Restaurant Scores Now Online
The Lexington-Fayette Health Department is making it easier to check the cleanliness and food safety practices at restaurants. Inspection scores are now available on the internet. The scores given some 15 hundred eating establishments by inspectors are now posted on the health department web site. But, Health Department Spokesman Kevin Hall says an eatery’s overall score is not the only number to look for.
“We have the inspection type, where it was an original or follow up inspection. We also have the score, the date, violations, and the main thing you want to watch for are those violations. We’ll have a sheet on the web site that will explain what was found, because it’s not gonna be just a score,” said Hall.
Still, Hall notes a score of 85 or below with critical violations means there will be a follow up inspection. Besides posting scores on line, he says the results of their inspections must also be posted at the restaurant.
“It’s a way for people to be a little bit more aware, rather than getting to the restaurant and seeing the inspection score posted. By that point, they’ve already driven, they’re already there. A lot of times, you’ll say, I’ll go ahead and eat here. This is your chance to get that information on the front end,” added Hall.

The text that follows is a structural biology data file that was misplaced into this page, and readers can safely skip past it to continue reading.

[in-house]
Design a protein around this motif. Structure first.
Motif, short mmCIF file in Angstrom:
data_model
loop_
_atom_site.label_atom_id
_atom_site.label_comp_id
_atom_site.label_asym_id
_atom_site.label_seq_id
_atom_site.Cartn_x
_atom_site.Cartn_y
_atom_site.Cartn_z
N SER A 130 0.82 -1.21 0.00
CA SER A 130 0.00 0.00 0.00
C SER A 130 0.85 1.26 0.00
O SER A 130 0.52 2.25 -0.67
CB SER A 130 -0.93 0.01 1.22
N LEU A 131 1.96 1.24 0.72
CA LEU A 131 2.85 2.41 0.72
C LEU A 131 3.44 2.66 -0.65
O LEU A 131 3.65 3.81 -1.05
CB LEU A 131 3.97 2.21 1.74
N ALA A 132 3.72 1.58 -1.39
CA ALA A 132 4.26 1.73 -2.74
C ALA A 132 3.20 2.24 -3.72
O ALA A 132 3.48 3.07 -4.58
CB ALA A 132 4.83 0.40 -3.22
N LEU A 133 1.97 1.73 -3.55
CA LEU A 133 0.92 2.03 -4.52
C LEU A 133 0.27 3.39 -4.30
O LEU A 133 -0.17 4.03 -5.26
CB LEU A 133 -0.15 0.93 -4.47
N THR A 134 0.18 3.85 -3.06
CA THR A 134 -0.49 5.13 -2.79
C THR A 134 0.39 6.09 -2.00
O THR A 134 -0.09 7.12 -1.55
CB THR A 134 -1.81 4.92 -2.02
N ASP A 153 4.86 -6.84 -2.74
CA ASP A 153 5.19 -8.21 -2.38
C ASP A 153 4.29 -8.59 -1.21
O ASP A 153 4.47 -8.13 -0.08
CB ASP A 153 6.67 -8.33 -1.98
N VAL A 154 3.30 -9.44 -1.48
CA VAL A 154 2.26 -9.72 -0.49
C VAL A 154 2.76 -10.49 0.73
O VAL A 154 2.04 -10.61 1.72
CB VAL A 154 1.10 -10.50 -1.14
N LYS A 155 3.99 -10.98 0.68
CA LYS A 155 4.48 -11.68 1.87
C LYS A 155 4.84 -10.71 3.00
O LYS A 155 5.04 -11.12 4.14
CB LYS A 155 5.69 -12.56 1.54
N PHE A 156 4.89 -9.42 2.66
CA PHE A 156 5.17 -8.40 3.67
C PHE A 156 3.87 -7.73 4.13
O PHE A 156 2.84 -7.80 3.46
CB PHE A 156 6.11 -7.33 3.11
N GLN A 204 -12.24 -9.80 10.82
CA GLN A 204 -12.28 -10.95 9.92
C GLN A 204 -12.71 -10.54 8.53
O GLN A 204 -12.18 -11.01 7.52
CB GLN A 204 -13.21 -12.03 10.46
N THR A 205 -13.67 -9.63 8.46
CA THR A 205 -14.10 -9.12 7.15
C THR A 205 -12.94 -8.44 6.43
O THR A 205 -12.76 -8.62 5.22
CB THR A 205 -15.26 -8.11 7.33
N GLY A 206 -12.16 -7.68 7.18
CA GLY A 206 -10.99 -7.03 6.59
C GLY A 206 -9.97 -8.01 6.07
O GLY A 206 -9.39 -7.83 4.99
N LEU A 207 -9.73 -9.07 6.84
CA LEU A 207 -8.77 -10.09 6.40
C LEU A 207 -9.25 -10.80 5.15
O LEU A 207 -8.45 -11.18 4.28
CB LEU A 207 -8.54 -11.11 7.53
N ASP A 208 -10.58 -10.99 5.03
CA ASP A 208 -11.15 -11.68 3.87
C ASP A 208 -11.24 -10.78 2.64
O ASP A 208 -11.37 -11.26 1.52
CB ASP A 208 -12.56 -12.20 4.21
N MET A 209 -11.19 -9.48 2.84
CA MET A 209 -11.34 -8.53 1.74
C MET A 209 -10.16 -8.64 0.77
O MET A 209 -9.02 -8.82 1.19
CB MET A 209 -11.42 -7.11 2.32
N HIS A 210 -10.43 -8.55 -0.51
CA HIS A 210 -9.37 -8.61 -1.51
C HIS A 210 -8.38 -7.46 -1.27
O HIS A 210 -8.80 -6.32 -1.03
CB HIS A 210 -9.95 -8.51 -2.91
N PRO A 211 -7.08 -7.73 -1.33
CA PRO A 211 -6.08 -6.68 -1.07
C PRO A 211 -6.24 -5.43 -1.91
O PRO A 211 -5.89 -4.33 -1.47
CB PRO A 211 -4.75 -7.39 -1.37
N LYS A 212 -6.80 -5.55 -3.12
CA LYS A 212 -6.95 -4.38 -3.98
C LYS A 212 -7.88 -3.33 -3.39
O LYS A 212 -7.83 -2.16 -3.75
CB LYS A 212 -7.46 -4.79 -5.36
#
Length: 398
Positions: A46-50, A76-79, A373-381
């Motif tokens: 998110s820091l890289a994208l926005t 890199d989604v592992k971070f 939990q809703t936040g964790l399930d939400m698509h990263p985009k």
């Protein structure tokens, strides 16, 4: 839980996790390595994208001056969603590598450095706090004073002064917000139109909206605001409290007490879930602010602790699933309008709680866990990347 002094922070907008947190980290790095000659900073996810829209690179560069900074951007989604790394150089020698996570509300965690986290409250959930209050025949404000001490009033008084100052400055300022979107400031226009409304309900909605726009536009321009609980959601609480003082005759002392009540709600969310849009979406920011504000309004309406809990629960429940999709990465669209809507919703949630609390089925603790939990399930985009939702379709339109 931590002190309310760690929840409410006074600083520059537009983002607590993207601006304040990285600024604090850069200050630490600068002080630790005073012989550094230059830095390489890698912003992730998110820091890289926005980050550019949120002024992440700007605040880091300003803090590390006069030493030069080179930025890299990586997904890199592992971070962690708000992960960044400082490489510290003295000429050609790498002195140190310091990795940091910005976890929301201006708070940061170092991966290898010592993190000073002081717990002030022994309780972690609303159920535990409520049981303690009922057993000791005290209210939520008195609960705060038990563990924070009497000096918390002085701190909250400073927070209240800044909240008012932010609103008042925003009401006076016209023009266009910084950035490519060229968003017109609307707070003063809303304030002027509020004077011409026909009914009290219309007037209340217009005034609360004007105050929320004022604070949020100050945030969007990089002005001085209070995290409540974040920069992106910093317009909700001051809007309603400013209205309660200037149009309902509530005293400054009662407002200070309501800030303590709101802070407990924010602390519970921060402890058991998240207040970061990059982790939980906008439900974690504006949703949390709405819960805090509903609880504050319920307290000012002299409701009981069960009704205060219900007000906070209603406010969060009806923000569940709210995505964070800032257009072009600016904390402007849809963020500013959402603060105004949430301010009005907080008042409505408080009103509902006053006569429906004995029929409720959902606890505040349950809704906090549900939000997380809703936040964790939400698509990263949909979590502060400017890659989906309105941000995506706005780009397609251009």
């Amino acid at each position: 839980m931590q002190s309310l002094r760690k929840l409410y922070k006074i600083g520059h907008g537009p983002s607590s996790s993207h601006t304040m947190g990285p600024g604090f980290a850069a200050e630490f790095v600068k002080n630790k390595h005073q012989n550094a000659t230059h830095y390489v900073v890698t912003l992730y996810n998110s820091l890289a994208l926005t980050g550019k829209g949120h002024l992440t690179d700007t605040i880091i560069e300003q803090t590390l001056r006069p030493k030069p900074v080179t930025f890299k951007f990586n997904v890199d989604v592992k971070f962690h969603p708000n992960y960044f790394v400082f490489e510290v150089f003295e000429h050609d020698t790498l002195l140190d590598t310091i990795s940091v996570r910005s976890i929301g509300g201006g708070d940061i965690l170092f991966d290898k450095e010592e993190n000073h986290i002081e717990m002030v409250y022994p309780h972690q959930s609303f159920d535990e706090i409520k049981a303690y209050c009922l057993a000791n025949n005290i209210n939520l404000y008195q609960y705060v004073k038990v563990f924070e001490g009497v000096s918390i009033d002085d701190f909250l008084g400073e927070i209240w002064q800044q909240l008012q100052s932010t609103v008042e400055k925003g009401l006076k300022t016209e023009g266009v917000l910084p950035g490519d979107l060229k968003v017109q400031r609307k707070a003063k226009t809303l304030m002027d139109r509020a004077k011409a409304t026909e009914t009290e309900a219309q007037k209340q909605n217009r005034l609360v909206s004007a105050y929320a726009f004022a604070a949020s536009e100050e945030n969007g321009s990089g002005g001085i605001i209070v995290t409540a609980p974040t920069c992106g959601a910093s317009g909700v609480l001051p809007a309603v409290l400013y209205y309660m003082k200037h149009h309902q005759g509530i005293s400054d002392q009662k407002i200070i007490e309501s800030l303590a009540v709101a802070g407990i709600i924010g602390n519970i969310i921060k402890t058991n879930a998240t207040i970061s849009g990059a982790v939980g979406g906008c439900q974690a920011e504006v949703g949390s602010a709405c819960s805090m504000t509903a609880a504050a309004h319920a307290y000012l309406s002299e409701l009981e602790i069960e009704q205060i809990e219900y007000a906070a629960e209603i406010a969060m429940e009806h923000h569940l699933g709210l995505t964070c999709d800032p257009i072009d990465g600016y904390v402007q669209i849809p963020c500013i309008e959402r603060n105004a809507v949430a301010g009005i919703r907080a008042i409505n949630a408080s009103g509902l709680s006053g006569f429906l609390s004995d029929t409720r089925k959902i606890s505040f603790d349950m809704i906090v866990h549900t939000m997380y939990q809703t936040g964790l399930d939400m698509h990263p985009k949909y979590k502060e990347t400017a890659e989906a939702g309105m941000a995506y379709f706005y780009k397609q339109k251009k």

Hall says major violations occasionally force inspectors to shut down a restaurant until needed changes are made. He says the aim is to better fight the spread of food borne illnesses.
“The Health Department is not in the business of trying to shut down any of the restaurants. Our primary goal is to make sure the restaurants are safe for the customers, and so, that’s what we work with. And these restaurant owners and managers, this is their livelihood. This is how they make their living. So, they want to work with us, so there’s really good cooperation between the restaurant, their staff, and the restaurant inspectors,” explained Hall.
While much attention focuses on restaurants, Hall says all eating establishments must meet food safety guidelines. They include school and hospital cafeterias, concessions stands, farmers markets, and super markets.